Jack Harlow — Come Home The Kids Miss You — Album Review

Hip-Hop | Rap

Listen on Spotify | Listen on Apple Music

While I have known of Louisville rapper Jack Harlow for quite some time now, it was only really this year that I really started to dive into his own music. This is likely in light of his upcoming set at Reading Festival this year, which I am very excited to attend.

While I gave his debut album, 2019’s That’s What They All Say a proper spin a few months back, it seems that I might not be the only person getting into Jack Harlow in 2022. Throughout the year, the rapper has managed to add a great deal of new listeners to his fanbase. And this is likely through all of the teasers he had released leading up to his sophomore album.

The album in question is titled Come Home The Kids Miss You, and it was finally released last Friday. Boasting features from Pharrell Williams, Drake, Justin Timberlake, and Lil Wayne, Come Home The Kids Miss You seemed like an exciting prospect by that merit alone. However, we all know that most of us were listening to this album, to get a true taste of what Jack Harlow has to offer; myself included.

It seems quite jarring then, that this album is such a mixed bag. Whether it was Jack Harlow’s own bars, or the beats behind them, many of the tracks just seemed a little too bare-boned.

Given that this is a sophomore project, of course, Come Home The Kids Miss You served as a great opportunity for Harlow to really push the boat out and offer us his own creative spin on the hip-hop genre (after all, I believe he has done this before with various tracks on That’s What They All Say). However, a vast chunk of the album came off as a little too “commercially tampered with” (I guess that’s the best way to put it) for my liking.

Although, this seemed more apparent on the album’s earlier leg, than with its later half. I found that the further I got into the album, the more I enjoyed it. But of course, many of the better tracks can be found later on. I also found that the tracks that maybe weren’t as commercially appealing (perhaps with the exception of “Dua Lipa”), were the ones that I personally felt gave off most of Jack Harlow’s creative side.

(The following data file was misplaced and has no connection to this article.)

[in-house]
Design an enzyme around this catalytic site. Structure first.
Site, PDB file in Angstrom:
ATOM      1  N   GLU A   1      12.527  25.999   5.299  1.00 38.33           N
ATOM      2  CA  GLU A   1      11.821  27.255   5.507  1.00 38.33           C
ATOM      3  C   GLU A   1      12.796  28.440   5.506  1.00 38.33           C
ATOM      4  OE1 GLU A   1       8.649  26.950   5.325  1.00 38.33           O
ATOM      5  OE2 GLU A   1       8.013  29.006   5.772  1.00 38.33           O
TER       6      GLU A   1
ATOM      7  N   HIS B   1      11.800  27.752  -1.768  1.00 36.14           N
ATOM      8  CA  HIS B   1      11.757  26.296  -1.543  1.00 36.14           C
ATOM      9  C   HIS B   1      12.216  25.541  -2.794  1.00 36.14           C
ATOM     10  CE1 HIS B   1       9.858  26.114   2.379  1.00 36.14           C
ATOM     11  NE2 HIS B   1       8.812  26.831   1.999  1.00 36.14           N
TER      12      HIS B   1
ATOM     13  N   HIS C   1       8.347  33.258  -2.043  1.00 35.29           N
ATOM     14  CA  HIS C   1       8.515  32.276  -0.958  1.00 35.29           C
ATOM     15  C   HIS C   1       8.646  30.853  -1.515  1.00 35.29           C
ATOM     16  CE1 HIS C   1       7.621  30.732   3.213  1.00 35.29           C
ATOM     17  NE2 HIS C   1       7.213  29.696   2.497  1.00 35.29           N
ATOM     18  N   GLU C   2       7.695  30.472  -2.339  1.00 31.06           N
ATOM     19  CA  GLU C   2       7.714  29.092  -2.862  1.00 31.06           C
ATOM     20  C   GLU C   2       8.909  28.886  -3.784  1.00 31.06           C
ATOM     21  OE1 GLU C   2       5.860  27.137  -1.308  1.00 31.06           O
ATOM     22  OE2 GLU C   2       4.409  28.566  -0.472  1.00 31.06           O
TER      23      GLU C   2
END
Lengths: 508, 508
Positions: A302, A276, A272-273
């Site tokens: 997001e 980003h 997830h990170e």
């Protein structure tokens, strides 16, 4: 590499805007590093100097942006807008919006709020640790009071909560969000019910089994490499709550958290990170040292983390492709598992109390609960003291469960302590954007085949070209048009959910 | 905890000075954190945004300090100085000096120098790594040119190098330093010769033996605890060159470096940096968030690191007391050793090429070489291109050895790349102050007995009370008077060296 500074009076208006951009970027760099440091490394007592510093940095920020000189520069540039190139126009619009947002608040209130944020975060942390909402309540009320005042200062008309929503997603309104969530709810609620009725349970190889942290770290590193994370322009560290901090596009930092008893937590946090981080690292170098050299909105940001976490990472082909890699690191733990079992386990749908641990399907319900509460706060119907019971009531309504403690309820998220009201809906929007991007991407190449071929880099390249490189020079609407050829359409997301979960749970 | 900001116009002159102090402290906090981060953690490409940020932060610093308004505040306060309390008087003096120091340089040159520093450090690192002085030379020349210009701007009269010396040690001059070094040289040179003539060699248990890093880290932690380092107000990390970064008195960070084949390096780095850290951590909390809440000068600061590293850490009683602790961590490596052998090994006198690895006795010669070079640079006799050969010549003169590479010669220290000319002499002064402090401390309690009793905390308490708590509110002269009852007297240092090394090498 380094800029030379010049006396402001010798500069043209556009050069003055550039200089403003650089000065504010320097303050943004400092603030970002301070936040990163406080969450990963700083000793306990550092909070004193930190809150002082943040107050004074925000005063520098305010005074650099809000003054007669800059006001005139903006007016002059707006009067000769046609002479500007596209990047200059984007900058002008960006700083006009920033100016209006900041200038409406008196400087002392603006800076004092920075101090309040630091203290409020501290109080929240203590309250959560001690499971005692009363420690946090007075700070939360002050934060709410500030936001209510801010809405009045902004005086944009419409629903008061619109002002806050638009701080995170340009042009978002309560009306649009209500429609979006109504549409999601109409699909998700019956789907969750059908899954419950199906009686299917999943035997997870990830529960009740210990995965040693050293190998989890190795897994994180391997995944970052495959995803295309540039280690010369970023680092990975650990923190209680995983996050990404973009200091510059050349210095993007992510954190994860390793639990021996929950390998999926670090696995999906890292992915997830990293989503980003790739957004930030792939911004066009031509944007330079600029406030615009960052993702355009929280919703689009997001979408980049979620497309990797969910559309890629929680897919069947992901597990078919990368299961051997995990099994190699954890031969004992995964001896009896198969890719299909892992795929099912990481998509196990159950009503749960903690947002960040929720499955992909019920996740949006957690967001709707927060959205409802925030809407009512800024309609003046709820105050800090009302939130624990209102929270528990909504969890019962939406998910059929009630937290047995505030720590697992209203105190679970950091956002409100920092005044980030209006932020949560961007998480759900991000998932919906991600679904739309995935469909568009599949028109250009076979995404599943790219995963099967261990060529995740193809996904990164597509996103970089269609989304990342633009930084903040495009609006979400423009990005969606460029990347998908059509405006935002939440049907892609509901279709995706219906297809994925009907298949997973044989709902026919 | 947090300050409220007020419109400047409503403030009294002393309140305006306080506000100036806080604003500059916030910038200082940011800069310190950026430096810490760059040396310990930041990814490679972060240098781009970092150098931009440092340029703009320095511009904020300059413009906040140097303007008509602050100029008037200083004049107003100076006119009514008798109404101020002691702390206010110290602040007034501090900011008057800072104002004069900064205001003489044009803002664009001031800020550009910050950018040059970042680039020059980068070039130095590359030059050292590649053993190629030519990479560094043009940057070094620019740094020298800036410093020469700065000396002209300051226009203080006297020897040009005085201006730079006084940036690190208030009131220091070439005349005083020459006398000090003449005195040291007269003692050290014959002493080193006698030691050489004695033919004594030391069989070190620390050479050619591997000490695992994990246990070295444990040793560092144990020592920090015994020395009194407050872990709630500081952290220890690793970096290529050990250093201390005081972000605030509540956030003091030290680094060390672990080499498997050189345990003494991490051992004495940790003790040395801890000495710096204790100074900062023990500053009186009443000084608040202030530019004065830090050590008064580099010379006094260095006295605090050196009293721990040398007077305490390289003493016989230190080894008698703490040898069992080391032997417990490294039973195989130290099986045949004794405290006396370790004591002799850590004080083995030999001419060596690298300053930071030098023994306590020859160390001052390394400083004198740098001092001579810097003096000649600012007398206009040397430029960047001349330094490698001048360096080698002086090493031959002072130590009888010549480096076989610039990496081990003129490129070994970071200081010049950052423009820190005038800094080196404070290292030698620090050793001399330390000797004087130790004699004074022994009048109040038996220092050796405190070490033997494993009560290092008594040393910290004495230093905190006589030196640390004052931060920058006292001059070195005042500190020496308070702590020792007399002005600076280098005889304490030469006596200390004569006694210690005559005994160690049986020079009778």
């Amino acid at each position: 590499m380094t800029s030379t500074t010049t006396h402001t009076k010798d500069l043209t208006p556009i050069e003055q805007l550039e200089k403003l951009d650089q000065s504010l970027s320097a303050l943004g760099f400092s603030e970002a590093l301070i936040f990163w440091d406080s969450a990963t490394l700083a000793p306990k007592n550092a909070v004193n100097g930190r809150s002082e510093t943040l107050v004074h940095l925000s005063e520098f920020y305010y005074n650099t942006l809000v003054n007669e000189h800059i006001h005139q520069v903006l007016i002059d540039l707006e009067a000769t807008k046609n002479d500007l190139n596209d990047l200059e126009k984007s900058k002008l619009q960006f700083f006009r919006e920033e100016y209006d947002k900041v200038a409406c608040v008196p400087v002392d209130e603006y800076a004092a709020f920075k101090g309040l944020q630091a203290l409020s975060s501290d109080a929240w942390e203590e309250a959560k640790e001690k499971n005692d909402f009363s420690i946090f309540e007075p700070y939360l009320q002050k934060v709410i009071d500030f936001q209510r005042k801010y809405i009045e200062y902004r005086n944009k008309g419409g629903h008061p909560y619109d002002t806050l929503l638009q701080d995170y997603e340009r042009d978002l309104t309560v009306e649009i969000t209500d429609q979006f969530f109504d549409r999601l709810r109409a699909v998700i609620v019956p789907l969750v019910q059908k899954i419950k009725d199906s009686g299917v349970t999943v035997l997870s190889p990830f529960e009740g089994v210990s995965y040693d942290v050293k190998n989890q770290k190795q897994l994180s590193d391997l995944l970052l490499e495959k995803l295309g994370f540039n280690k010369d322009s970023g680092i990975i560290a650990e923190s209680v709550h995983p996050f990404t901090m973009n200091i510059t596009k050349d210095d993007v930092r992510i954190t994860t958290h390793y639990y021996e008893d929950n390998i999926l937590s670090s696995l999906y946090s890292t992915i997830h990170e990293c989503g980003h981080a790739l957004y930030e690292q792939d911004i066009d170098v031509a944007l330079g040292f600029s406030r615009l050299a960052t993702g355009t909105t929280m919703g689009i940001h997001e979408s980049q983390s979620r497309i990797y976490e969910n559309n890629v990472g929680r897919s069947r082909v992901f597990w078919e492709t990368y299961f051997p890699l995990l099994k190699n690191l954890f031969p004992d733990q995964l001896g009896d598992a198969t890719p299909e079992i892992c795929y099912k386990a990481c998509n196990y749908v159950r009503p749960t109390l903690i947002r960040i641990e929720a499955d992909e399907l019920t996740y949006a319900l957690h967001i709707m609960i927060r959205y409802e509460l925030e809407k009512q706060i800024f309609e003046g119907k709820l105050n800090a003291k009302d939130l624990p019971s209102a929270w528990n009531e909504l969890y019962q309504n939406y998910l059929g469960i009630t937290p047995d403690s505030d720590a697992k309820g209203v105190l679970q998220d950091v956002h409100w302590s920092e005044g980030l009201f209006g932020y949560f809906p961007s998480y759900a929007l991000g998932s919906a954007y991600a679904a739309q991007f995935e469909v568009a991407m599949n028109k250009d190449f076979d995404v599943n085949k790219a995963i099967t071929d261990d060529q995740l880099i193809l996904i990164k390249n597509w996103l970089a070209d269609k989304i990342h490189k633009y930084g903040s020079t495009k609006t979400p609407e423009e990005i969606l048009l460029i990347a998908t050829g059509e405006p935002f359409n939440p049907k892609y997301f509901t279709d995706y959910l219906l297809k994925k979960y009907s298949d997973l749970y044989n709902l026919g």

And I think that pretty much sums up what I wanted more of from this album; creativity. The lack of it won’t necessarily stop someone like me from enjoying it now. But by the time we reach the end of the year, I don’t think Come home The Kids Miss You would be as memorable as I would’ve liked it to be.

There isn’t really much to take away from this album in terms of narrative either; just another story of success, and not a very engaging one of that either.

But to give credit where credit is due, I definitely wouldn’t say that Come Home The Kids Miss You is a fundamentally bad album by any stretch of the imagination; I just feel like I haven’t been properly introduced to Jack Harlow yet through his music. I don’t doubt that I will during his Reading performance, but if we’re talking future music, a more introspective third album certainly wouldn’t go amiss.

Favourite Tracks: Dua Lipa | Lil Secret | State Fair

Least Favourite Track: Young Harleezy

Generation Now | Atlantic Records

Final Score: 52%



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Joe Boothby

Joe Boothby

My articles mainly revolve around music reviews and analysis. A bit like Anthony Fantano, but just a decade behind.